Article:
The “First 72 Hours” summit is a combined initiative of American Red Cross, Joseph’s Network and Noah’s Ark to prepare Georgia communities for any and all kinds of disasters that might strike. This Georgia initiative is being considered a “Best Practice” by the National Red Cross Headquarters as it hits a lot of the check marks that the Red Cross considers important.
The idea is to have a “disaster preparedness summit for faith leaders so they know more on how to better prepare their faith home, teach preparedness tips to their members, and how to be an engaged effective partner during disasters,” according to Carisa Hettich of the Red Cross.
After a disaster strikes, the first 72 hours are very important since most lives could be saved (if all goes according to plan) during this time period, as in the case of the recent cyclone Phaillin in India. A lack of preparation can also prove quite costly as in the case of Hurricane Katrina. It is doubly important for Georgians to prepare now since recent research has found that the Tornado Alley has shifted and has grown wider and includes the North Western portions of Georgia.
The first 72 hours summit is garnering a lot of support from local faith based groups since the idea of organizing such an event together as partners is unique. The Gwinnett County faith groups have been working together not only to organize a successful event but learning about each other along the way. Some of these groups like the Ahmadiyya Muslim Community, the Hispanic congregation of Christian United International Church and the members of the Church of Jesus Christ of the Latter-day Saints might have never gotten a chance to meet each other otherwise.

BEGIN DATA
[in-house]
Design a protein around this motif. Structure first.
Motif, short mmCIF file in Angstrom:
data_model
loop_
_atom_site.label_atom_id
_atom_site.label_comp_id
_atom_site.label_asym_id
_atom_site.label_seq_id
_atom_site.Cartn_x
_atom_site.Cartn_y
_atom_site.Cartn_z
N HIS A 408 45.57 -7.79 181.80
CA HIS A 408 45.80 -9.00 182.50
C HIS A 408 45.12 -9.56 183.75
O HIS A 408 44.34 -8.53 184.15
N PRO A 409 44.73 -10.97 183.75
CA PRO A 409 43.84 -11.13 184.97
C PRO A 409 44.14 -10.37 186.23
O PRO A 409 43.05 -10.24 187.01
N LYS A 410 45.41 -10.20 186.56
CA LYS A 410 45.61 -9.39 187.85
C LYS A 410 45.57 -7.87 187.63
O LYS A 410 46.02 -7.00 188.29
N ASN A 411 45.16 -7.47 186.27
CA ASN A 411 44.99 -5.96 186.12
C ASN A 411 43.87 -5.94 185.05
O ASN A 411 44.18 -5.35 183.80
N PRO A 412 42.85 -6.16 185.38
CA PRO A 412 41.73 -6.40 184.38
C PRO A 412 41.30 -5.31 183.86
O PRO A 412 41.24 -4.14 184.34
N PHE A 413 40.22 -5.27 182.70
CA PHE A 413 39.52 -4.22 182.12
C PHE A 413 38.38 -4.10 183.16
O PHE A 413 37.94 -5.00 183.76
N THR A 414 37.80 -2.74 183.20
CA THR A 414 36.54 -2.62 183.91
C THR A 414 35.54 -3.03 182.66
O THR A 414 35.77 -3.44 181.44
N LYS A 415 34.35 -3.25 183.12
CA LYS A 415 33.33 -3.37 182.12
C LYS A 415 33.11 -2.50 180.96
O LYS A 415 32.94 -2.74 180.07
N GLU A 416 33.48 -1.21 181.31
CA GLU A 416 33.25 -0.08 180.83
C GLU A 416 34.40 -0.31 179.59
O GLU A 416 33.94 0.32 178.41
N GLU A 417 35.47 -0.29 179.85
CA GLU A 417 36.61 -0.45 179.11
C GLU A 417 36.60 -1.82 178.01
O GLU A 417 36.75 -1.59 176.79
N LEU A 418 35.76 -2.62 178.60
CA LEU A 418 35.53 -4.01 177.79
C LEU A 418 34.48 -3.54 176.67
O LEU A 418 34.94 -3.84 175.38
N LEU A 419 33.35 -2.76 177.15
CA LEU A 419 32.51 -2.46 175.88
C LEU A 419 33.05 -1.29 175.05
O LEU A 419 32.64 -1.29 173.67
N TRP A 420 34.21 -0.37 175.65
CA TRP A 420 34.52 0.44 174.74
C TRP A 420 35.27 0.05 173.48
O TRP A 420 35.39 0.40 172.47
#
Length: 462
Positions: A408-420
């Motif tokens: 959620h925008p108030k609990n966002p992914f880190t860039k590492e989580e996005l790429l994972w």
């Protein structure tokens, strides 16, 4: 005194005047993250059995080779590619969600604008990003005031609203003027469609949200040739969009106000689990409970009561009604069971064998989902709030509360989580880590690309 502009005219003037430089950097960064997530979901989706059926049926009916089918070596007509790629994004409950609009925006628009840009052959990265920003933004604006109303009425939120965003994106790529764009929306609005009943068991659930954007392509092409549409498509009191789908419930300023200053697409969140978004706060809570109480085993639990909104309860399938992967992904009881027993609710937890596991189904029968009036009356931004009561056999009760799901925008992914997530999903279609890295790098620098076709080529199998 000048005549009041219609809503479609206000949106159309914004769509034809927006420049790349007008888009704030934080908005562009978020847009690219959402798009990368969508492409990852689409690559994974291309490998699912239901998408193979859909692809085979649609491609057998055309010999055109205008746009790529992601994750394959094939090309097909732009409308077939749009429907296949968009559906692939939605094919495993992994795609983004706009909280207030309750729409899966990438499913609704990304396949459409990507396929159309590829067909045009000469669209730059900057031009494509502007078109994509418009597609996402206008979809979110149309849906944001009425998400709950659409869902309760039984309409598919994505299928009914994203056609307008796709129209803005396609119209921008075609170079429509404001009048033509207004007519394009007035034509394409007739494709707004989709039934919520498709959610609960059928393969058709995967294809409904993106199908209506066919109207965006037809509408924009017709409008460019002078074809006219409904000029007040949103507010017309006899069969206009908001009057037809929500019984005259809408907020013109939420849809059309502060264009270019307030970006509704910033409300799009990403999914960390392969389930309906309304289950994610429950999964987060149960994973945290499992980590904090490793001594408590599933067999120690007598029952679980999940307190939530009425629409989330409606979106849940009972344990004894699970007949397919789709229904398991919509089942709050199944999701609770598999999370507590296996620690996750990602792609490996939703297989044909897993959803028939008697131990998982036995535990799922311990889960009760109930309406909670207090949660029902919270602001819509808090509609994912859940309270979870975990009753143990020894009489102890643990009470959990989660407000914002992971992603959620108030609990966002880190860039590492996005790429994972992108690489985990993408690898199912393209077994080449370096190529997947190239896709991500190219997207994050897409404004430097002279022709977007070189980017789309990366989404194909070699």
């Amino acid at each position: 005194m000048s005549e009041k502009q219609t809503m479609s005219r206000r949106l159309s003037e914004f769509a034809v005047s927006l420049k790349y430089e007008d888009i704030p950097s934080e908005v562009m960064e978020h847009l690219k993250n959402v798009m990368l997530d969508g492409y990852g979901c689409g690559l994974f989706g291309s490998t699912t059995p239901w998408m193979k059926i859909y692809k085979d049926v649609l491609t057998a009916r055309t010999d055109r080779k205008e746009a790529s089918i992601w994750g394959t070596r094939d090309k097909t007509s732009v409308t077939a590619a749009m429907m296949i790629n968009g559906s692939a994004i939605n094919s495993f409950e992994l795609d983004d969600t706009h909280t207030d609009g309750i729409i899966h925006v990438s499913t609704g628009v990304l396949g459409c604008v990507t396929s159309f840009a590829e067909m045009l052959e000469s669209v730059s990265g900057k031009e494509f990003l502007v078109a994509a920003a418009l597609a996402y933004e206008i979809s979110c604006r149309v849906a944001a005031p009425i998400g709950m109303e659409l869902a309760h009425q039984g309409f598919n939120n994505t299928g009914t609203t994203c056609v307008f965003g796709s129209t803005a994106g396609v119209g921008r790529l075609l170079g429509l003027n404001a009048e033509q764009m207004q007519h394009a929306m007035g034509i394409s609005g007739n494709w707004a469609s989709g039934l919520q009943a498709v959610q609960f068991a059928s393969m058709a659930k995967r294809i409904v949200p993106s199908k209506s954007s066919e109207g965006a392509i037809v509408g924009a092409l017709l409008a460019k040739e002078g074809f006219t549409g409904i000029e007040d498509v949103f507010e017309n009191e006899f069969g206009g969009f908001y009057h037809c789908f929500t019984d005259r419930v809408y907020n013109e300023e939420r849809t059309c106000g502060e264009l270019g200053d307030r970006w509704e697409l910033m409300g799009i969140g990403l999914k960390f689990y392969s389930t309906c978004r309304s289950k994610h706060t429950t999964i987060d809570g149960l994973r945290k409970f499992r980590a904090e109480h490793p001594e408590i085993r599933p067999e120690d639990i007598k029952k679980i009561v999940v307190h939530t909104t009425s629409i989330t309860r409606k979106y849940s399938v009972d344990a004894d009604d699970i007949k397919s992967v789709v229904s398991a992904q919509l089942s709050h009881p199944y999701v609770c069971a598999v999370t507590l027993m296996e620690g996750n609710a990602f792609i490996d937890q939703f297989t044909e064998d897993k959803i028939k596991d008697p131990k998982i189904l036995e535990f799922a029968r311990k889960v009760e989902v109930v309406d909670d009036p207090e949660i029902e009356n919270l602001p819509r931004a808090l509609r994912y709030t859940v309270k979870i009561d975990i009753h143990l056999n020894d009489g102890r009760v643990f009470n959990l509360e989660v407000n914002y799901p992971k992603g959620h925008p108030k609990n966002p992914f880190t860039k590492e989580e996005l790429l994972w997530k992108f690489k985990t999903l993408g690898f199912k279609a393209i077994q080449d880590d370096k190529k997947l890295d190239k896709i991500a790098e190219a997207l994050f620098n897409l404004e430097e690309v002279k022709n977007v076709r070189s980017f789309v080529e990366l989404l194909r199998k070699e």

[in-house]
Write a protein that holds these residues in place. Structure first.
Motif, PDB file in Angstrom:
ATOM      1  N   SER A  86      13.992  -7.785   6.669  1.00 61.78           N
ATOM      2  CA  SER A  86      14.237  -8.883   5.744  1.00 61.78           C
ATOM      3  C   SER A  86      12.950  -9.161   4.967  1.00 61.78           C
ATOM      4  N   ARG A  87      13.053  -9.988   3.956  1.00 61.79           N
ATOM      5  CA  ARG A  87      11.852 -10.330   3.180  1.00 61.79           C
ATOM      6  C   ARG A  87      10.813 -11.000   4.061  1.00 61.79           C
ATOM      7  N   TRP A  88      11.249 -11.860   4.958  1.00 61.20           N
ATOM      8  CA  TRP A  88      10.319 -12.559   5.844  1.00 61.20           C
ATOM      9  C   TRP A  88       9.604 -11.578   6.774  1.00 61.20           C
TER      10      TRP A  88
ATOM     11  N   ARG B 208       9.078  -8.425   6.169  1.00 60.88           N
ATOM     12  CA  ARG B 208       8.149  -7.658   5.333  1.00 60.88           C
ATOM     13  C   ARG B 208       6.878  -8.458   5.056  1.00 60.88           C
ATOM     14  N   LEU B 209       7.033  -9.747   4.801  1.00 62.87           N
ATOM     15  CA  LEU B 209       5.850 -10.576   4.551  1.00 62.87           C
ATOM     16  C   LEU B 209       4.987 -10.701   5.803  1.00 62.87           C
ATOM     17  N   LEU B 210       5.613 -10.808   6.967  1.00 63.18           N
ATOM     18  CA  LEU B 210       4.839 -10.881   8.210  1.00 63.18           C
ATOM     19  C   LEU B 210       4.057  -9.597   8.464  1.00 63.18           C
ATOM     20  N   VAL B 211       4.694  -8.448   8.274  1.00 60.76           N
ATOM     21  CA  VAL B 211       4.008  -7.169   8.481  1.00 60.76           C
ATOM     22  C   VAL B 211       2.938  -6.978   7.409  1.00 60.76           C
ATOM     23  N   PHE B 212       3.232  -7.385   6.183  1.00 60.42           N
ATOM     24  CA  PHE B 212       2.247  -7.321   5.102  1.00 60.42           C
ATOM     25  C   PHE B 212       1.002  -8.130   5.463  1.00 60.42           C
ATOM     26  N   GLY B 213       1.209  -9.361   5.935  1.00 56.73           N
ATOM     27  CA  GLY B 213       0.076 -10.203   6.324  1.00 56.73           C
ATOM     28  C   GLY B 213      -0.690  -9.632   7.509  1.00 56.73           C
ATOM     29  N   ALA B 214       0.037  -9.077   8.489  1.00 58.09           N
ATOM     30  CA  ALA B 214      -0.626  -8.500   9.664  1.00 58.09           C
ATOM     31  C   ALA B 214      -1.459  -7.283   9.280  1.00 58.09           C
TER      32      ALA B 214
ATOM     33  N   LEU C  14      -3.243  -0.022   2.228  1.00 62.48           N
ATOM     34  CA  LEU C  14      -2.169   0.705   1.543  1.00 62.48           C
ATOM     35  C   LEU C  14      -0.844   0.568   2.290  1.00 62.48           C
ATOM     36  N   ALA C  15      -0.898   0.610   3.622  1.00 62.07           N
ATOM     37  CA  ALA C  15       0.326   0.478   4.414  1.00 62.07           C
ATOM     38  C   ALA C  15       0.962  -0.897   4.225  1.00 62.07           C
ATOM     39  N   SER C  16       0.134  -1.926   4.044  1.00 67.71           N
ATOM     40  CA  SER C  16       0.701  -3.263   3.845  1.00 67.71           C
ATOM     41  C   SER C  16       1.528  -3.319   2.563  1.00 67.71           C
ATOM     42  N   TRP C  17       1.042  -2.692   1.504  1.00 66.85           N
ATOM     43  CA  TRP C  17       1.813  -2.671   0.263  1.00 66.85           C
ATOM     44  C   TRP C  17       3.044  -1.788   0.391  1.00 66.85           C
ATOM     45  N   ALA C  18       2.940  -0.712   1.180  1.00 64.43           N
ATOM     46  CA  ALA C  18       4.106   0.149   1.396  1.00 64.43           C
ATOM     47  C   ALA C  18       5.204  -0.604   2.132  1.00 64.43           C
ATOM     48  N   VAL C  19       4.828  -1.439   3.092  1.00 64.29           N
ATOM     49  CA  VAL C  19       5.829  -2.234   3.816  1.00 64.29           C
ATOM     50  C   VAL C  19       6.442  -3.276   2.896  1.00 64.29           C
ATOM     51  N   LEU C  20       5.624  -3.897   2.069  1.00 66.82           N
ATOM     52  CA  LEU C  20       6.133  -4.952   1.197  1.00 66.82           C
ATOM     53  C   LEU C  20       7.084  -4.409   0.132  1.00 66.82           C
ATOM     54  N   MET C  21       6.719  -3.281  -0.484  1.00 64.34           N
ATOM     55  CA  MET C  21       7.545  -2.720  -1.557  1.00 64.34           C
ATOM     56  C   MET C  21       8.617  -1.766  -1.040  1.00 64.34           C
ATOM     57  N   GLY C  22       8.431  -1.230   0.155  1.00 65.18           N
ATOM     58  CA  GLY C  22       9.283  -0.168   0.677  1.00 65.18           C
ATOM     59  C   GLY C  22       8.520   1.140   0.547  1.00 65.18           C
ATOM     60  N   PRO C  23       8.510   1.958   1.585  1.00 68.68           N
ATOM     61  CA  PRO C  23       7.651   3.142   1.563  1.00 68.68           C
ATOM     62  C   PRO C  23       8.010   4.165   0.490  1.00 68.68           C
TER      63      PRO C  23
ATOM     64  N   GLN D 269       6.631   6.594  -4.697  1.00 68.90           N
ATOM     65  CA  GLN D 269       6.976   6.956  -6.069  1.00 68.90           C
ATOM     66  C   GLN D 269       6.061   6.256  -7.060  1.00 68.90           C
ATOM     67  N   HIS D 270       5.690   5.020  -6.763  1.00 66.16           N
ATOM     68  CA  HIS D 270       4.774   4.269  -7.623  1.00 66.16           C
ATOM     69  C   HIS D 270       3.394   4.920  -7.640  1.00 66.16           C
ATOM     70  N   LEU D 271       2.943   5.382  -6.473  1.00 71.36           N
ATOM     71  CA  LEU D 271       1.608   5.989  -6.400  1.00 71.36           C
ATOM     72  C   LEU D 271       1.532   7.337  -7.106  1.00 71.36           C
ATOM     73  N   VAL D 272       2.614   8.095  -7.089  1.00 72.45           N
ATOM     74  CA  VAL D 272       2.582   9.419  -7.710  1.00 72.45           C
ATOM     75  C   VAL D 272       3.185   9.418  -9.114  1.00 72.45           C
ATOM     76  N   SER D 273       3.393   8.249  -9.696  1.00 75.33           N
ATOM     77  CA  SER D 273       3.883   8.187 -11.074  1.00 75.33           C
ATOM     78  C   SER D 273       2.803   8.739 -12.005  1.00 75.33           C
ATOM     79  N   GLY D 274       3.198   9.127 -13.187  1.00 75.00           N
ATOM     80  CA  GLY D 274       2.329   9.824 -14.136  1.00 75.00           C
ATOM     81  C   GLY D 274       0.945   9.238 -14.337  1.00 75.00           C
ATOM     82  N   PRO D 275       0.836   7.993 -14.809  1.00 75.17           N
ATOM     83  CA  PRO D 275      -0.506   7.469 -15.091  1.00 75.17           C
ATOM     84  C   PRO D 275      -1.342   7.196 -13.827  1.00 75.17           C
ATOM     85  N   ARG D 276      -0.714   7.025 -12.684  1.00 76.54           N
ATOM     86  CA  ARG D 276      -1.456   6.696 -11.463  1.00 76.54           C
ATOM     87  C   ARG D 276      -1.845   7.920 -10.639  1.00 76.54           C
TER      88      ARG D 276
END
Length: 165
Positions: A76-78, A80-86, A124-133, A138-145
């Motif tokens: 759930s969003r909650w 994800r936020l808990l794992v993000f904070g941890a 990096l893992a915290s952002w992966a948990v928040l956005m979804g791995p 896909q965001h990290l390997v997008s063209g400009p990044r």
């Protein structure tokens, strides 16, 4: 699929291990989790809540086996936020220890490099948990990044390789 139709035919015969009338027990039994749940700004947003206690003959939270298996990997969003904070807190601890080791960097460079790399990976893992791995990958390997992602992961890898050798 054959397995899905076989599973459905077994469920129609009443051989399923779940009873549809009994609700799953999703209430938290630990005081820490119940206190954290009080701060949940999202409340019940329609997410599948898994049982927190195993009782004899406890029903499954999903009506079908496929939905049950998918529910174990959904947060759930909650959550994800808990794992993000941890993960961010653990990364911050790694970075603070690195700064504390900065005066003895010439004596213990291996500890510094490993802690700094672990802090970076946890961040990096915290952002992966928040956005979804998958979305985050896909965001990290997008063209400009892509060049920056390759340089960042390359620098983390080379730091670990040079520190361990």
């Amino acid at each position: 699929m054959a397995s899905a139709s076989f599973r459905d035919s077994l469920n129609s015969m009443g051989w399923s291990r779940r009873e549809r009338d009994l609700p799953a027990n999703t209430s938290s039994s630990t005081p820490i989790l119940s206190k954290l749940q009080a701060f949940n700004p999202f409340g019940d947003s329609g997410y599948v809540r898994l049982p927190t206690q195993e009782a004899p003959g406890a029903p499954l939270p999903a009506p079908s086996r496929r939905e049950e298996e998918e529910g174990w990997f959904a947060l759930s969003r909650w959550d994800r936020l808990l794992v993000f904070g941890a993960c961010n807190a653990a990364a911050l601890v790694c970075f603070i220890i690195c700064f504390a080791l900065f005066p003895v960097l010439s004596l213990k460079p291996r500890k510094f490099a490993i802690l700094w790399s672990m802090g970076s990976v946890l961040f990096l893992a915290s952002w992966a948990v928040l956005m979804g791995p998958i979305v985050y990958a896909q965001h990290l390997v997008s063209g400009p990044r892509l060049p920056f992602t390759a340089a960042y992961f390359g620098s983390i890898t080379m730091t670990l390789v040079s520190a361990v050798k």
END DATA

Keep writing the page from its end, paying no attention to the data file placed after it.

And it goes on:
The organizers of the summit are especially excited since this initiative promises to bring disaster preparedness to those communities who either due to their small size or lack of resources would not have the chance to prepare for disasters on their own.
Michele McMahon who works for the Gwinnett, Rockdale, and Newton County as a Healthcare liaison hopes that “all faith based communities get to know each other during a non crisis mode, so not only will they be prepared, they will be prepared to work together!”
The same hope is also echoed by most who attended the summit planning committee meeting held at CentroMisionero El Shaddai in Duluth on October 14.
Gwinnett County Commissioner Lynette Howard, Janay Stargell of GEMA, Jack Morgan from American Red Cross, and Laura George of Portlight Strategies will be among the special presenters for the summit that will take place on October 24th at the Church of Jesus Christ of Latter-day Saints in Lilburn. More information about this free disaster preparedness summit can be found at www.josephsnetwork.com.
So far the summit has brought together people from diverse faith backgrounds, civil groups, and disaster relief related government agencies. The organizers hope that after the summit, this newly established network will keep these communities engaged and working together so that the next time a disaster strikes, they are all well prepared to strike right back.